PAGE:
For whatever reason, she did not do that on Saturday, and instead did her constituents the courtesy of answering their questions without so many caveats. (No, she does not support “Medicare for All,” nor does she support the Green New Deal.)

Maybe that’s why several people in the audience said they disagreed with Davids on the issue of primary importance to them, yet planned to support her next year anyway.

She also was sharper in her criticism, saying Senate Majority Leader Mitch McConnell “has been refusing to do his job” to the point of “dereliction of duty.”

“He’s actually doing a lot of damage,” even to his own members, by refusing to let the Senate vote on election security and hundreds of other bills. So “right now, they’re not doing their job” either.

On the most popular House version of Medicare for All, Davids said, “There are a couple of specific provisions in the bill that I have an issue with. One relates to the choice of coverage. There are a lot of people in our community who have insurance through their workplace, and this bill would restrict their ability to have that. I think there are a lot of ways for us to get to universal access for affordable, quality health care, and at the end of the day, that’s what I want to see.”

Dawson Sims, a 20-year-old UMKC student and climate activist, stood up at the town hall and from his seat in the bleachers at the back of the school gym, shouted a question about the Green New Deal. For a protester, he was polite, thanking Davids for her attention to climate change but then adding that “these incremental policies you’re talking about won’t ever be enough.”

The audience still did not appreciate the interruption, and a man in the front row stood, too, and shouted back at him, “I want to hear her, not you!” It was Davids herself who defused the moment. Without rewarding the intrusion, she told Sims she’d be happy to talk to him after the session, which she did.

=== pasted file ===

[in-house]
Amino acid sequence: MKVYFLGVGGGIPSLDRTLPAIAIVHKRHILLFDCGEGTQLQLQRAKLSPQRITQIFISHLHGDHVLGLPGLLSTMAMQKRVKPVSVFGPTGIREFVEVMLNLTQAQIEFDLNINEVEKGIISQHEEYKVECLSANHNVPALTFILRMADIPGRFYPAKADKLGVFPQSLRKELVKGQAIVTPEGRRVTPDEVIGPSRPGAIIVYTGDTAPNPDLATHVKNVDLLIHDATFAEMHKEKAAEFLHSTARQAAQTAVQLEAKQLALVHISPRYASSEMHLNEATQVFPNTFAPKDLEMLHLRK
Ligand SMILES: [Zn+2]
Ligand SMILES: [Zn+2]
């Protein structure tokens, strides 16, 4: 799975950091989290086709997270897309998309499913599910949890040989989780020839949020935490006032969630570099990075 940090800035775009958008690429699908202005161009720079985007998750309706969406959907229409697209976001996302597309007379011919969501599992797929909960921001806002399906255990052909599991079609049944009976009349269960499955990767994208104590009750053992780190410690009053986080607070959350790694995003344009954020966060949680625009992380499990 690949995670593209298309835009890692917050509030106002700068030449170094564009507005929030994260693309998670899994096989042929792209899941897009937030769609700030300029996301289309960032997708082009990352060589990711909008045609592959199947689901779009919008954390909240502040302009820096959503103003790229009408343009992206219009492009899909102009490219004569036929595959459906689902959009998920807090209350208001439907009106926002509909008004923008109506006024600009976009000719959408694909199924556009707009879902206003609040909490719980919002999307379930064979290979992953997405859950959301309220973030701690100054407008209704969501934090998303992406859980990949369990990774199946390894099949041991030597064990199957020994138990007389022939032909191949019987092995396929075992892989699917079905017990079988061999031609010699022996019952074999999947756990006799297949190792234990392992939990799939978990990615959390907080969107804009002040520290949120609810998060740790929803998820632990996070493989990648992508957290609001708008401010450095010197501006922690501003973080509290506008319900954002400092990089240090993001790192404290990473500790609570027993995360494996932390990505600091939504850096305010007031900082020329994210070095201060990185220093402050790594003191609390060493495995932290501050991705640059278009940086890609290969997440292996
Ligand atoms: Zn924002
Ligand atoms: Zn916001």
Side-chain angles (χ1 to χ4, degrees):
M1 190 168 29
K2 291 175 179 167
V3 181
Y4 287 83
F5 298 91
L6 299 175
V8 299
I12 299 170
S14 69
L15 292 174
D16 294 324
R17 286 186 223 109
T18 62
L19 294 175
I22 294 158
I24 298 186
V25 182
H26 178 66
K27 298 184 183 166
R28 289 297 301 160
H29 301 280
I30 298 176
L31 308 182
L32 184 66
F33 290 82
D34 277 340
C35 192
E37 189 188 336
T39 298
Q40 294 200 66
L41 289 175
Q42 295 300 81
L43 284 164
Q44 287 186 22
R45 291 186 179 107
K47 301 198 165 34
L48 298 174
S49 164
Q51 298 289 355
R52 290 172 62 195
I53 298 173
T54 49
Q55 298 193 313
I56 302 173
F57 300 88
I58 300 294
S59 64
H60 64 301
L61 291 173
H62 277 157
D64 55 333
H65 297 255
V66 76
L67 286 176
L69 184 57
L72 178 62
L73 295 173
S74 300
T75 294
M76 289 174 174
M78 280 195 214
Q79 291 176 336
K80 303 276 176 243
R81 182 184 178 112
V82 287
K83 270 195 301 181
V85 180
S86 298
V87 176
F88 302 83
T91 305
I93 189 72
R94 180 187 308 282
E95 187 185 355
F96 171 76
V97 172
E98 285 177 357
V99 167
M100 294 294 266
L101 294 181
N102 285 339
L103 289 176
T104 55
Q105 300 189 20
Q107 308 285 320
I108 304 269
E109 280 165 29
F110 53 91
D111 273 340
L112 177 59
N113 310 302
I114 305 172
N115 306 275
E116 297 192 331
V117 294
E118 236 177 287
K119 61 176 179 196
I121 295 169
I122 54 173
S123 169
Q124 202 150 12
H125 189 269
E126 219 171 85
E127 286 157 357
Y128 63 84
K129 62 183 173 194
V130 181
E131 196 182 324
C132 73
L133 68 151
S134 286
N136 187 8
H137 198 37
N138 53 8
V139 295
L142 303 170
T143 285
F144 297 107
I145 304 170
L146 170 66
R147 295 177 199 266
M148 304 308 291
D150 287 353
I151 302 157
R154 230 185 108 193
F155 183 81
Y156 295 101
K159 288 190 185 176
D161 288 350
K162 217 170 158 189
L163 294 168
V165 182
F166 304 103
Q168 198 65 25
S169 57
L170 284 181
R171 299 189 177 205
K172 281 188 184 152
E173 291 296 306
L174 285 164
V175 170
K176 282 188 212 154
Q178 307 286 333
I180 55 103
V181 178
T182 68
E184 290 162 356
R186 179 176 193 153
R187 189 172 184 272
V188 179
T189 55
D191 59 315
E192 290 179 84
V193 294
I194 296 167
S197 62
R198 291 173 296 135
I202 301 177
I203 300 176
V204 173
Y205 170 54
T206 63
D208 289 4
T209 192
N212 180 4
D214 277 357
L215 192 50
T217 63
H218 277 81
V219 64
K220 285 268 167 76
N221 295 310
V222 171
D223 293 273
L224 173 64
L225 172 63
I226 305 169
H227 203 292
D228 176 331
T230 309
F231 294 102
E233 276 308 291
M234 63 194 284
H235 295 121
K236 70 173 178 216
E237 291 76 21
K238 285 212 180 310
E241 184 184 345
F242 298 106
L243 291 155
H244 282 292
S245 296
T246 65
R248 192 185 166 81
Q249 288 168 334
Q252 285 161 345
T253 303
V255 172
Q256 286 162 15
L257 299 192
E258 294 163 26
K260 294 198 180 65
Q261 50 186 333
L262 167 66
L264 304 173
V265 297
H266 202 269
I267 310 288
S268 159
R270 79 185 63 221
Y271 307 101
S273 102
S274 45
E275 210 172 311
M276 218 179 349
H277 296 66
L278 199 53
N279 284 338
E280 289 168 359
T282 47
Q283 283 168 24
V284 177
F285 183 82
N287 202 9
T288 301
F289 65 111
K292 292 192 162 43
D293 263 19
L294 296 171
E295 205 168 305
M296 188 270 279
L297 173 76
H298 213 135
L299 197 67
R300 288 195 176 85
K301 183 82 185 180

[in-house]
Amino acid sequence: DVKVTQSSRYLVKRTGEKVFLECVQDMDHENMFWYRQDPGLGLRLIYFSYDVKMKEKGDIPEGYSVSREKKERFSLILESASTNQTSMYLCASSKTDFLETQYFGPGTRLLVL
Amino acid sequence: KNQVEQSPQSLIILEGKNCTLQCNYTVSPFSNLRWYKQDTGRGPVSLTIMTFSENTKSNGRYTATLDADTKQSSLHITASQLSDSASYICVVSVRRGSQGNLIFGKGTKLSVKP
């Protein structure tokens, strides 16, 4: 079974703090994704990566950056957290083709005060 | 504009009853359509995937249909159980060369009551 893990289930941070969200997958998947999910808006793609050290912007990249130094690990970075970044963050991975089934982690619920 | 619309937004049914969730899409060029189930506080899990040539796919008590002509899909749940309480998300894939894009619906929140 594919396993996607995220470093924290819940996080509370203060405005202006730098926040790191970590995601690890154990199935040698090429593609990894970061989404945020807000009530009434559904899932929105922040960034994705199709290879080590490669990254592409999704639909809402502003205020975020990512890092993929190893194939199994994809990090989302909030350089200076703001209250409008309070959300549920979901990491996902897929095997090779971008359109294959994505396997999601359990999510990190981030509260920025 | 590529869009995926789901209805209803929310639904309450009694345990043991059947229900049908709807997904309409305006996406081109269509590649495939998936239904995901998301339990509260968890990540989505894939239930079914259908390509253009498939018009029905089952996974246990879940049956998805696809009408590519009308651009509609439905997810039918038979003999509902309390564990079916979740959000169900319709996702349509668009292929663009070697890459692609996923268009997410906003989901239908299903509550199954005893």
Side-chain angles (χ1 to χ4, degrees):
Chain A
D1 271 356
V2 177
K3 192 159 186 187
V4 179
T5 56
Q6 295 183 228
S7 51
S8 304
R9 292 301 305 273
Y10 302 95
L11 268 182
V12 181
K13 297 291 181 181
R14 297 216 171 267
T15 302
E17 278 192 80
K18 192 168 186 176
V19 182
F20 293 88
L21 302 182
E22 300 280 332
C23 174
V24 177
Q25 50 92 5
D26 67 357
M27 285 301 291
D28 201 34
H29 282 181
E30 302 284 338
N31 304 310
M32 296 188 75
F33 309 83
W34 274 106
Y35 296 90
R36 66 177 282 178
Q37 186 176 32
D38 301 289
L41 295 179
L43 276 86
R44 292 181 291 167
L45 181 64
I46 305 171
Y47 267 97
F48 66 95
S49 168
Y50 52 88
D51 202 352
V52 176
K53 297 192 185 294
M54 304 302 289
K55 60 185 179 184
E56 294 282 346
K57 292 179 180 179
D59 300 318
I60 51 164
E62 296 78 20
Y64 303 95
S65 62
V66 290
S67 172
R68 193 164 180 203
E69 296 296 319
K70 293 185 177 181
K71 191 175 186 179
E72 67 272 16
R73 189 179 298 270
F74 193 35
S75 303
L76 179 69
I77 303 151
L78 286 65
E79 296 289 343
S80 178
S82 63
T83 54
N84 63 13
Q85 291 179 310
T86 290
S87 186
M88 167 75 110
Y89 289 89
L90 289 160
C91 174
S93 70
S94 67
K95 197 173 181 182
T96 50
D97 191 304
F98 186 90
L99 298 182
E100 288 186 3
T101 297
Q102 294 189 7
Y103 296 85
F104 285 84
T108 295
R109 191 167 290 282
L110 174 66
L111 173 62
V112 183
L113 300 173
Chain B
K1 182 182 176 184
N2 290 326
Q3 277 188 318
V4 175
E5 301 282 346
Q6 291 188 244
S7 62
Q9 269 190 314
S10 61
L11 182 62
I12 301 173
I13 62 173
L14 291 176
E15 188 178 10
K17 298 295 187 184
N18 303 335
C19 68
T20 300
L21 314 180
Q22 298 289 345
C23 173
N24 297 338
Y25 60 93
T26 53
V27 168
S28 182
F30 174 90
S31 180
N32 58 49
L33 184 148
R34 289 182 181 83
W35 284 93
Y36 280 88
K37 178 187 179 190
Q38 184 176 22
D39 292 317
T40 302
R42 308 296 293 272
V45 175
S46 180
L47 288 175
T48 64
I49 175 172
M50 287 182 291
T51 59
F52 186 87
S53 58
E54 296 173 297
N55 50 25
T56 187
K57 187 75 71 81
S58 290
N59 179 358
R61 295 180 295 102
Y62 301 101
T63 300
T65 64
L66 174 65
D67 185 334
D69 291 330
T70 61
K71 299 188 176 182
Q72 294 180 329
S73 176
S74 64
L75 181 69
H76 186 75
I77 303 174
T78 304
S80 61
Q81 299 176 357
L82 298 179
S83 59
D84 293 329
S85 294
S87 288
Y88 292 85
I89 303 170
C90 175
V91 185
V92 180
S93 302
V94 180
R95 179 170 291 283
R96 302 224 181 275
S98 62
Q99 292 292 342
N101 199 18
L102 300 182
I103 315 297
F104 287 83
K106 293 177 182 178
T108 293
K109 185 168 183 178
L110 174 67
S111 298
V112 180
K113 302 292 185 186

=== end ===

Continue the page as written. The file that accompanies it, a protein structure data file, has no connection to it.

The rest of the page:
At the close of the Q & A, she said that part of the point of the event was to “set the expectation” that the representative of the 3rd District — “I won’t be here forever” — should show up and answer questions, “regardless of whether we agree or disagree” on the answers.

Maybe because her predecessor did not often do that, this was a big applause line, too. Her willingness to get on a stage in a school gym and say, in essence, “I’m not with you on some things you care a lot about,” should not be any big deal. But because so many officeholders would apparently rather have dental work without lidocaine, this went a long way with her audience, myself included.

Al Frisby, who serves on the Merriam City Council, “loved” what she said about his top concern, carbon emissions. But more than that, he said, “She’s done a good job just by getting out in the community.”

On this one day, she did not seem paralyzed by prudence, and I hope the reception she got leads to more of the same.

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Melinda Henneberger is a columnist and member of The Star’s editorial board. She has covered crime, local and state government, hospitals, social services, prisons and national politics. For 10 years, she was a reporter for The New York Times in New York, Washington, D.C. and Rome. In 2019, she was a Pulitzer finalist for commentary and received the Mike Royko Award for Commentary and Column Writing from the News Leaders Association.